Chopiniana, If You Will: Grace Andreacchi on Gabriel Olearnik’s Amor de Lonh


AMOR COVER

Amor de Lonh, Gabriel Olearnik, Andromache Books

The composer Robert Schumann once described the music of the man who is still arguably the Pole par excellence to the non-Polish world, Frédéric Chopin, as ‘a cannon buried in flowers’, and this isn’t a bad description of what the Polish-British poet Gabriel Olearnik is up to either. To carry the analogy a bit further, as Chopin built upon the old classical style with new, exciting harmonies, so Olearnik makes use of the rich traditions of the medieval troubadours as well as those found in such deeply reflective and intellectual poets as T.S. Eliot and Zbigniew Herbert to create a burning bright new poetry of the mind.

There is of course an earlier poetical work known as Amor de Lonh, that of the twelfth century prince, Jaufré Rudel. His enigmatic verses on the theme of distant love serve as a template for this new Amor de Lonh in which every kind of obstacle, both internal and external, must be vanquished before the soul is free to fly upwards towards its goal. Olearnik’s book opens with a translation from the French troubadour about to embark on a journey into the unknown in search of his ‘distant love’, he imagines himself already at her feet,

In that far court, I shall sit beside her beauty
and draw sweet words from her mouth.

According to legend, Jaufré Rudel departed on a Crusade more on account of the imagined charms of his lady, the Countess of Tripoli, than out of any desire to do battle with Saracens, but fell sick on the journey and arrived at her castle only just in time to die in her arms. To the medieval mind, this was not so much an exercise in futility as a confirmation of the power of the soul above that of the mere physical self. ‘Distant love’ only makes sense if you can see that, and if you can see it, then only ‘distant love’, unearthly love, a wholly purified and spiritual love becomes your aim.

The book is divided into three parts dealing, approximately, with themes of science, war and the art of love. But the dividing walls are porous, there are cannons buried among Olearnik’s flowers, and flowers bedeck his cannons. There are lines of heart-stopping beauty, as in this neatly counter-weighted conclusion to the early poem ‘Acid and Optics’:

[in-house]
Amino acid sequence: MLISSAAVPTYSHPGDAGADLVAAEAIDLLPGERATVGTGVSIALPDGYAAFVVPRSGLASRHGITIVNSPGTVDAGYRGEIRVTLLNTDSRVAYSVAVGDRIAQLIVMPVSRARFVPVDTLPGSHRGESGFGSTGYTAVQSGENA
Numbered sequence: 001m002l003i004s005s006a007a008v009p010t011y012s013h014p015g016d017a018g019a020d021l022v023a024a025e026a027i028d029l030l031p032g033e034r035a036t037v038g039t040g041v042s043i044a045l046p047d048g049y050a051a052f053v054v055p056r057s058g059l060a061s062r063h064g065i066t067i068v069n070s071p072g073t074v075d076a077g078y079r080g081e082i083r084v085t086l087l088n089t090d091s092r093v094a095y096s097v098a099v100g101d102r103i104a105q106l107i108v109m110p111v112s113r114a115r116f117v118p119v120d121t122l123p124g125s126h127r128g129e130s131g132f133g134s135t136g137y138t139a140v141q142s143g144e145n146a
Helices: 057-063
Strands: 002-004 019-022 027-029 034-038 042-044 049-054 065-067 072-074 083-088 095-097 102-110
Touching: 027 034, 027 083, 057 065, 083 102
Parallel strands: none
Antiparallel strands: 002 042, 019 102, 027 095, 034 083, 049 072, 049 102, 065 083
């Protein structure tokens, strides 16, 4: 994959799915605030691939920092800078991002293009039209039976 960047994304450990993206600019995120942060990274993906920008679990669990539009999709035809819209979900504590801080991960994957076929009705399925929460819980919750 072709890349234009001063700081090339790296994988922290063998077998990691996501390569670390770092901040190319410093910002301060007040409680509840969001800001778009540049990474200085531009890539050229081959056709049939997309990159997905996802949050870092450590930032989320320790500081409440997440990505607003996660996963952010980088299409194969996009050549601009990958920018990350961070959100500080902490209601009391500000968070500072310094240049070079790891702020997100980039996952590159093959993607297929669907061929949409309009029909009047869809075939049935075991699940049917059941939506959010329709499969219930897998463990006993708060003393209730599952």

It may have been otherwise.

I could have singed my skin with strong waters,
you might have stretched light and its daughter, shade,
but in each weighed cosmos, every counterpoint of the real —
in another world I would still find you.

The language is rich but never cloying, vivid and direct, sometimes playful as well. There are references galore, everything from Ryszard Kapuscinski to St. Exupéry to Thucydides, adding layers of meaning in counterpoint.

In the second part of the book, we are plunged into the terrors of the Warsaw Uprising of 1944, ‘War comes and will not be gainsaid.’ The tone is alternately apocalyptic, sardonic, or simple and moving as in the quiet poem ‘Ice Wine’:

But I remembered my father, his hands brown
his head red from the sun, steaming, sweated
his height, his green bottle and the love in it
thirty summers ago.

A theme begins to develop with this poem of fathers and sons, and lends a personal weight to the tragedy of war as part two unfolds.

The third part opens with a poem of sickness, ‘108 degrees’. The poet speaks from a hospital bed, burning with fever, or is it love? We are never sure:

Every heart is a dark forest.
I press the sand to stand still, gaze beyond the beachhead

At times the language of the Song of Solomon is invoked, then suddenly we are in London’s dirty streets where the ‘Madonna of Soho’ stands ‘with stilletoed core and white innocence,’ sacred and profane love become one. The book ends with a reprise on the theme of distant love that is also, oddly enough, a joke. But, the sly humour is one of the more unexpected notes, another moment of Chopiniana if you like.